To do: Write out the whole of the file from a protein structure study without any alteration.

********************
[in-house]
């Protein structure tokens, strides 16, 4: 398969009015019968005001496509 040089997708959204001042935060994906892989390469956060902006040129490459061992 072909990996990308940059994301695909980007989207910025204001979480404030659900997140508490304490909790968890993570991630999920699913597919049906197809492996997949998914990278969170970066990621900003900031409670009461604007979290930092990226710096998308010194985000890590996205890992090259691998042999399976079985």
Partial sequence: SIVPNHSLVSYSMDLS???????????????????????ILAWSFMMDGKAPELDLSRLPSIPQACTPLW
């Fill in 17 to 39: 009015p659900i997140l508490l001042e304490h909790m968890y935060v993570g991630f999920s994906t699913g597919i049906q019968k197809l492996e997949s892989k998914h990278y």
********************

[in-house]
């Protein structure tokens, strides 16, 4: 398969009015019968005001496509 040089997708959204001042935060994906892989390469956060902006040129490459061992 072909990996990308940059994301695909980007989207910025204001979480404030659900997140508490304490909790968890993570991630999920699913597919049906197809492996997949998914990278969170970066990621900003900031409670009461604007979290930092990226710096998308010194985000890590996205890992090259691998042999399976079985």
Partial sequence: SIVPNHSLVSYSMDLS???????????????????????ILAWSFMMDGKAPELDLSRLPSIPQACTPLW
């Fill in 17 to 39: 009015p659900i997140l508490l001042e304490h909790m968890y935060v993570g991630f999920s994906t699913g597919i049906q019968k197809l492996e997949s892989k998914h990278y």